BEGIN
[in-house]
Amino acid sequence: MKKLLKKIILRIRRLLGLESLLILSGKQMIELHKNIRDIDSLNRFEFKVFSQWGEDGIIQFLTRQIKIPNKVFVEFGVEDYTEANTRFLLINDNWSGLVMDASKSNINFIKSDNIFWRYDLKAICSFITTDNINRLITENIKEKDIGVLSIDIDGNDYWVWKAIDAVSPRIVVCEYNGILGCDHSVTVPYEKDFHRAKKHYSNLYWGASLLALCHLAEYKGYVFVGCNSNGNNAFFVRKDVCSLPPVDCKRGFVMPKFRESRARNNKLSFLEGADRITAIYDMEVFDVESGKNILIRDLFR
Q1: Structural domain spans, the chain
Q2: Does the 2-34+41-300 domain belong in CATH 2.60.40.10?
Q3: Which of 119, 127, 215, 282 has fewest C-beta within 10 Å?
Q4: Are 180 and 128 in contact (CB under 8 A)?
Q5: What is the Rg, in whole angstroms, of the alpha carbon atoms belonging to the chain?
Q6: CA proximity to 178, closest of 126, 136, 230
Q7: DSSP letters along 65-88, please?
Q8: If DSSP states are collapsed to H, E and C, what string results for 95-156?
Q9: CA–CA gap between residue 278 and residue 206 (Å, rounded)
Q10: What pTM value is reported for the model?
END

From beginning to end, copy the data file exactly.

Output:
[in-house]
Amino acid sequence: MKKLLKKIILRIRRLLGLESLLILSGKQMIELHKNIRDIDSLNRFEFKVFSQWGEDGIIQFLTRQIKIPNKVFVEFGVEDYTEANTRFLLINDNWSGLVMDASKSNINFIKSDNIFWRYDLKAICSFITTDNINRLITENIKEKDIGVLSIDIDGNDYWVWKAIDAVSPRIVVCEYNGILGCDHSVTVPYEKDFHRAKKHYSNLYWGASLLALCHLAEYKGYVFVGCNSNGNNAFFVRKDVCSLPPVDCKRGFVMPKFRESRARNNKLSFLEGADRITAIYDMEVFDVESGKNILIRDLFR
Q1: Structural domain spans, the chain
Q2: Does the 2-34+41-300 domain belong in CATH 2.60.40.10?
Q3: Which of 119, 127, 215, 282 has fewest C-beta within 10 Å?
Q4: Are 180 and 128 in contact (CB under 8 A)?
Q5: What is the Rg, in whole angstroms, of the alpha carbon atoms belonging to the chain?
Q6: CA proximity to 178, closest of 126, 136, 230
Q7: DSSP letters along 65-88, please?
Q8: If DSSP states are collapsed to H, E and C, what string results for 95-156?
Q9: CA–CA gap between residue 278 and residue 206 (Å, rounded)
Q10: What pTM value is reported for the model?